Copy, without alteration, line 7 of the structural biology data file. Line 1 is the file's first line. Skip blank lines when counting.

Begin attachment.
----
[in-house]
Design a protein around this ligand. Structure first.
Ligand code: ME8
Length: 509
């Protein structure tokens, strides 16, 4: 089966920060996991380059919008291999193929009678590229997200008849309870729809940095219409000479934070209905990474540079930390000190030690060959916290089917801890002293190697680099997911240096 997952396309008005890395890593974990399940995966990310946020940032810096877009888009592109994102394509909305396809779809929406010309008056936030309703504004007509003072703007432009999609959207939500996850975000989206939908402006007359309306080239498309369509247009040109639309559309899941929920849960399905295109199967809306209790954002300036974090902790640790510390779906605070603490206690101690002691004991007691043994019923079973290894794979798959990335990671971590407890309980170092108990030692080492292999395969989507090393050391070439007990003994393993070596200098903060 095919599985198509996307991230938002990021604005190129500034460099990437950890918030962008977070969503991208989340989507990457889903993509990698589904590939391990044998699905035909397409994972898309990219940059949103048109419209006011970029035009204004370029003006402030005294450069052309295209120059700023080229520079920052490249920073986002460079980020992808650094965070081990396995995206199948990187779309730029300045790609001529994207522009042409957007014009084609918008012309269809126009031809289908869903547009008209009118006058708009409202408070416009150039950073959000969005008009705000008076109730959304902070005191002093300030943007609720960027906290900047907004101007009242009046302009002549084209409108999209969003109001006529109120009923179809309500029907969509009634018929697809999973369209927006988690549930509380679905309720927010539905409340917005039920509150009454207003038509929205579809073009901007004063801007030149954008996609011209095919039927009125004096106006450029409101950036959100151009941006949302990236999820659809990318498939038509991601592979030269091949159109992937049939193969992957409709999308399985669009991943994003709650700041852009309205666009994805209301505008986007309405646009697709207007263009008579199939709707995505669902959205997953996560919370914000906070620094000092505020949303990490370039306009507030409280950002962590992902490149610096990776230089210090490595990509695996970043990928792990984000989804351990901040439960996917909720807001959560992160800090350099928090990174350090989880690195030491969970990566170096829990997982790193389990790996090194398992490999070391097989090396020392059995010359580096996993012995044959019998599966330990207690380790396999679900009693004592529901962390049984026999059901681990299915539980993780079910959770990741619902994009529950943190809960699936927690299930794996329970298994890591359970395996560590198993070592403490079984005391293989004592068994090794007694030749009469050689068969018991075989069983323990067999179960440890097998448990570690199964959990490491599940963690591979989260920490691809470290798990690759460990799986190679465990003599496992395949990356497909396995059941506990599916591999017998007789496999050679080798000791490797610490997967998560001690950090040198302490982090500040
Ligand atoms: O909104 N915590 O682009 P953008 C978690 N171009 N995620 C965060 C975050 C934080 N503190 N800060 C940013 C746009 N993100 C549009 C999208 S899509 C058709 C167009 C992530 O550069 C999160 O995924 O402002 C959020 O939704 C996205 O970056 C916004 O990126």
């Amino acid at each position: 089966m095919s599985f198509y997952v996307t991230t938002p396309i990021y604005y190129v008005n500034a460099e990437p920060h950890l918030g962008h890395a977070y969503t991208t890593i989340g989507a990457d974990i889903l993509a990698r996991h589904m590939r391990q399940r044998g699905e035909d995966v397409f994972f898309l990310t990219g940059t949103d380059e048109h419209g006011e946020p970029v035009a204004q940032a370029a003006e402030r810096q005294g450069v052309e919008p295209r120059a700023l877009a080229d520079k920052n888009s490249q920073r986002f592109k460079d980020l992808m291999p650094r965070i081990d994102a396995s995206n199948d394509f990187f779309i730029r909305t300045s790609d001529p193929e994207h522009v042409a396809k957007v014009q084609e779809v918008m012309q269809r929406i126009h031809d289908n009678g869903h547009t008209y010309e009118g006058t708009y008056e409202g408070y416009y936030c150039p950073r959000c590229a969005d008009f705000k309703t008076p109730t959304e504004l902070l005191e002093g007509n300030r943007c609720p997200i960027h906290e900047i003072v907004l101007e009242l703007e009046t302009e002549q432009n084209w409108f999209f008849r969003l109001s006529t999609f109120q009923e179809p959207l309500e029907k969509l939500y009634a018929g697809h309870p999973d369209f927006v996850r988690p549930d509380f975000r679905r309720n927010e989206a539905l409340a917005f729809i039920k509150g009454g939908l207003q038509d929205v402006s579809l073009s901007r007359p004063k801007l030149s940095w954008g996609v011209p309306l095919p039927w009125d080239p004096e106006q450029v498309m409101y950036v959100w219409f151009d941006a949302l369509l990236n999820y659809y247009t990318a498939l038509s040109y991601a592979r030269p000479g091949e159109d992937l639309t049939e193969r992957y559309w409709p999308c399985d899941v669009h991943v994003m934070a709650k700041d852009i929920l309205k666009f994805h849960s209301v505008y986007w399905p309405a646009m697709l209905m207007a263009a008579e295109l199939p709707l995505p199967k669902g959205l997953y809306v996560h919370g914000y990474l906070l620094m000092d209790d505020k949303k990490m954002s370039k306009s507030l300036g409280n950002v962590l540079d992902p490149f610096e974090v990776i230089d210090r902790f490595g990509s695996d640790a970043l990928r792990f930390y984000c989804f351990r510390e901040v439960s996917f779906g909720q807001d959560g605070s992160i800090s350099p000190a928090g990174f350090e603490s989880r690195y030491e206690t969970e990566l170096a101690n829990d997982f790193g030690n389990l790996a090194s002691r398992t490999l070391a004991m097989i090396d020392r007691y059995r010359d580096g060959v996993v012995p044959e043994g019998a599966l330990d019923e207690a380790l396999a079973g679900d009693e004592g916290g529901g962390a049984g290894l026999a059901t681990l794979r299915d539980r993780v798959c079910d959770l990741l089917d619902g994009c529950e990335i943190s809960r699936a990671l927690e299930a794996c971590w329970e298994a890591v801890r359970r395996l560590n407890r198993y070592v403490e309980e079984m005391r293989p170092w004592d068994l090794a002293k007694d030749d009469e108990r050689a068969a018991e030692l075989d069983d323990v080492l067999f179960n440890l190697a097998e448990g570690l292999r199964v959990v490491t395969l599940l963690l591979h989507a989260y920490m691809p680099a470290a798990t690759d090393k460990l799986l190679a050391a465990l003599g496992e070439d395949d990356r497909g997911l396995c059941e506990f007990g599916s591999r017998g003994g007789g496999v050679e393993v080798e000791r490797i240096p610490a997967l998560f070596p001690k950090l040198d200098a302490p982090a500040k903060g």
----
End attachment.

């Amino acid at each position: 089966m095919s599985f198509y997952v996307t991230t938002p396309i990021y604005y190129v008005n500034a460099e990437p920060h950890l918030g962008h890395a977070y969503t991208t890593i989340g989507a990457d974990i889903l993509a990698r996991h589904m590939r391990q399940r044998g699905e035909d995966v397409f994972f898309l990310t990219g940059t949103d380059e048109h419209g006011e946020p970029v035009a204004q940032a370029a003006e402030r810096q005294g450069v052309e919008p295209r120059a700023l877009a080229d520079k920052n888009s490249q920073r986002f592109k460079d980020l992808m291999p650094r965070i081990d994102a396995s995206n199948d394509f990187f779309i730029r909305t300045s790609d001529p193929e994207h522009v042409a396809k957007v014009q084609e779809v918008m012309q269809r929406i126009h031809d289908n009678g869903h547009t008209y010309e009118g006058t708009y008056e409202g408070y416009y936030c150039p950073r959000c590229a969005d008009f705000k309703t008076p109730t959304e504004l902070l005191e002093g007509n300030r943007c609720p997200i960027h906290e900047i003072v907004l101007e009242l703007e009046t302009e002549q432009n084209w409108f999209f008849r969003l109001s006529t999609f109120q009923e179809p959207l309500e029907k969509l939500y009634a018929g697809h309870p999973d369209f927006v996850r988690p549930d509380f975000r679905r309720n927010e989206a539905l409340a917005f729809i039920k509150g009454g939908l207003q038509d929205v402006s579809l073009s901007r007359p004063k801007l030149s940095w954008g996609v011209p309306l095919p039927w009125d080239p004096e106006q450029v498309m409101y950036v959100w219409f151009d941006a949302l369509l990236n999820y659809y247009t990318a498939l038509s040109y991601a592979r030269p000479g091949e159109d992937l639309t049939e193969r992957y559309w409709p999308c399985d899941v669009h991943v994003m934070a709650k700041d852009i929920l309205k666009f994805h849960s209301v505008y986007w399905p309405a646009m697709l209905m207007a263009a008579e295109l199939p709707l995505p199967k669902g959205l997953y809306v996560h919370g914000y990474l906070l620094m000092d209790d505020k949303k990490m954002s370039k306009s507030l300036g409280n950002v962590l540079d992902p490149f610096e974090v990776i230089d210090r902790f490595g990509s695996d640790a970043l990928r792990f930390y984000c989804f351990r510390e901040v439960s996917f779906g909720q807001d959560g605070s992160i800090s350099p000190a928090g990174f350090e603490s989880r690195y030491e206690t969970e990566l170096a101690n829990d997982f790193g030690n389990l790996a090194s002691r398992t490999l070391a004991m097989i090396d020392r007691y059995r010359d580096g060959v996993v012995p044959e043994g019998a599966l330990d019923e207690a380790l396999a079973g679900d009693e004592g916290g529901g962390a049984g290894l026999a059901t681990l794979r299915d539980r993780v798959c079910d959770l990741l089917d619902g994009c529950e990335i943190s809960r699936a990671l927690e299930a794996c971590w329970e298994a890591v801890r359970r395996l560590n407890r198993y070592v403490e309980e079984m005391r293989p170092w004592d068994l090794a002293k007694d030749d009469e108990r050689a068969a018991e030692l075989d069983d323990v080492l067999f179960n440890l190697a097998e448990g570690l292999r199964v959990v490491t395969l599940l963690l591979h989507a989260y920490m691809p680099a470290a798990t690759d090393k460990l799986l190679a050391a465990l003599g496992e070439d395949d990356r497909g997911l396995c059941e506990f007990g599916s591999r017998g003994g007789g496999v050679e393993v080798e000791r490797i240096p610490a997967l998560f070596p001690k950090l040198d200098a302490p982090a500040k903060g």